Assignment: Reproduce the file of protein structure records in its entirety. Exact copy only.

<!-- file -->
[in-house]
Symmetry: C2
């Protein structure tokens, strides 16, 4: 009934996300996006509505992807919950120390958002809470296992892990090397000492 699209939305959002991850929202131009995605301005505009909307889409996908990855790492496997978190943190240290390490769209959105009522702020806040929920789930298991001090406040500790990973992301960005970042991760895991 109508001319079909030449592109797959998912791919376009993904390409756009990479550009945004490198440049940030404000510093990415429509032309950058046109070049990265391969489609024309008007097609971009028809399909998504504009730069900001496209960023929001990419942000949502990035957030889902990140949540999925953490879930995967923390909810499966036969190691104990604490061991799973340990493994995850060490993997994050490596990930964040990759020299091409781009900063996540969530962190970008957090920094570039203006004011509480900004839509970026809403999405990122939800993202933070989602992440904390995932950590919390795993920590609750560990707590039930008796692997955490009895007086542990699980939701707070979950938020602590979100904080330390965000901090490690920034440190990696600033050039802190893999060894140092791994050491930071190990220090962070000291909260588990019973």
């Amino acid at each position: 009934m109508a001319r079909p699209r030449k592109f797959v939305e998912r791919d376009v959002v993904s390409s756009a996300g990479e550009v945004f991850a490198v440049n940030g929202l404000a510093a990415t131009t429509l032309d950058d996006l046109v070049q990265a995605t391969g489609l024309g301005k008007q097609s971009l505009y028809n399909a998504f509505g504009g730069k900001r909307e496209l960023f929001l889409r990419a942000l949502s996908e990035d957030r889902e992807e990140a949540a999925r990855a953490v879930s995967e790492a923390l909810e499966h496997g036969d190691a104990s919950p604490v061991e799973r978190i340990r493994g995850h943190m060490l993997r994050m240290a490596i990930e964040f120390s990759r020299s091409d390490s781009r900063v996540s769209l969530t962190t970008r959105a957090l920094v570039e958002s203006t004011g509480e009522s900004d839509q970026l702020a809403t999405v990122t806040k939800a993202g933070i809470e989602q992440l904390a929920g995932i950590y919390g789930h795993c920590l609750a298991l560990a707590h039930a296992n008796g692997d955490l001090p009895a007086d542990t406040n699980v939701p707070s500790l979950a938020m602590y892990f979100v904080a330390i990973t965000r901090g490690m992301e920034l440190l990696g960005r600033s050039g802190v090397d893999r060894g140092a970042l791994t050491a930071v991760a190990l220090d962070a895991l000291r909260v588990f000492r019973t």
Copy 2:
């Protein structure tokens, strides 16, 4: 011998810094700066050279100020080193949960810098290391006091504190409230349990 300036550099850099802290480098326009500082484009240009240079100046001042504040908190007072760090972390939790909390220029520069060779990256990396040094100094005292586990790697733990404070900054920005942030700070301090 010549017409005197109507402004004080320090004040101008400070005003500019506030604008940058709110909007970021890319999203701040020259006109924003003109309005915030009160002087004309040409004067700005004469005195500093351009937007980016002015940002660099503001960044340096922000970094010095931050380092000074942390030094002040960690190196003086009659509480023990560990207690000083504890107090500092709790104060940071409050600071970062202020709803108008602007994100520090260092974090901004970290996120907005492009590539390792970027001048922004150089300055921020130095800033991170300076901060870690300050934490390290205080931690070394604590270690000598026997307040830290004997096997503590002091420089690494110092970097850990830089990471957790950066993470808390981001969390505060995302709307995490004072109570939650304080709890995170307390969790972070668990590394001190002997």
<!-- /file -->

[in-house]
Symmetry: C2
């Protein structure tokens, strides 16, 4: 009934996300996006509505992807919950120390958002809470296992892990090397000492 699209939305959002991850929202131009995605301005505009909307889409996908990855790492496997978190943190240290390490769209959105009522702020806040929920789930298991001090406040500790990973992301960005970042991760895991 109508001319079909030449592109797959998912791919376009993904390409756009990479550009945004490198440049940030404000510093990415429509032309950058046109070049990265391969489609024309008007097609971009028809399909998504504009730069900001496209960023929001990419942000949502990035957030889902990140949540999925953490879930995967923390909810499966036969190691104990604490061991799973340990493994995850060490993997994050490596990930964040990759020299091409781009900063996540969530962190970008957090920094570039203006004011509480900004839509970026809403999405990122939800993202933070989602992440904390995932950590919390795993920590609750560990707590039930008796692997955490009895007086542990699980939701707070979950938020602590979100904080330390965000901090490690920034440190990696600033050039802190893999060894140092791994050491930071190990220090962070000291909260588990019973």
């Amino acid at each position: 009934m109508a001319r079909p699209r030449k592109f797959v939305e998912r791919d376009v959002v993904s390409s756009a996300g990479e550009v945004f991850a490198v440049n940030g929202l404000a510093a990415t131009t429509l032309d950058d996006l046109v070049q990265a995605t391969g489609l024309g301005k008007q097609s971009l505009y028809n399909a998504f509505g504009g730069k900001r909307e496209l960023f929001l889409r990419a942000l949502s996908e990035d957030r889902e992807e990140a949540a999925r990855a953490v879930s995967e790492a923390l909810e499966h496997g036969d190691a104990s919950p604490v061991e799973r978190i340990r493994g995850h943190m060490l993997r994050m240290a490596i990930e964040f120390s990759r020299s091409d390490s781009r900063v996540s769209l969530t962190t970008r959105a957090l920094v570039e958002s203006t004011g509480e009522s900004d839509q970026l702020a809403t999405v990122t806040k939800a993202g933070i809470e989602q992440l904390a929920g995932i950590y919390g789930h795993c920590l609750a298991l560990a707590h039930a296992n008796g692997d955490l001090p009895a007086d542990t406040n699980v939701p707070s500790l979950a938020m602590y892990f979100v904080a330390i990973t965000r901090g490690m992301e920034l440190l990696g960005r600033s050039g802190v090397d893999r060894g140092a970042l791994t050491a930071v991760a190990l220090d962070a895991l000291r909260v588990f000492r019973t």
Copy 2:
């Protein structure tokens, strides 16, 4: 011998810094700066050279100020080193949960810098290391006091504190409230349990 300036550099850099802290480098326009500082484009240009240079100046001042504040908190007072760090972390939790909390220029520069060779990256990396040094100094005292586990790697733990404070900054920005942030700070301090 010549017409005197109507402004004080320090004040101008400070005003500019506030604008940058709110909007970021890319999203701040020259006109924003003109309005915030009160002087004309040409004067700005004469005195500093351009937007980016002015940002660099503001960044340096922000970094010095931050380092000074942390030094002040960690190196003086009659509480023990560990207690000083504890107090500092709790104060940071409050600071970062202020709803108008602007994100520090260092974090901004970290996120907005492009590539390792970027001048922004150089300055921020130095800033991170300076901060870690300050934490390290205080931690070394604590270690000598026997307040830290004997096997503590002091420089690494110092970097850990830089990471957790950066993470808390981001969390505060995302709307995490004072109570939650304080709890995170307390969790972070668990590394001190002997």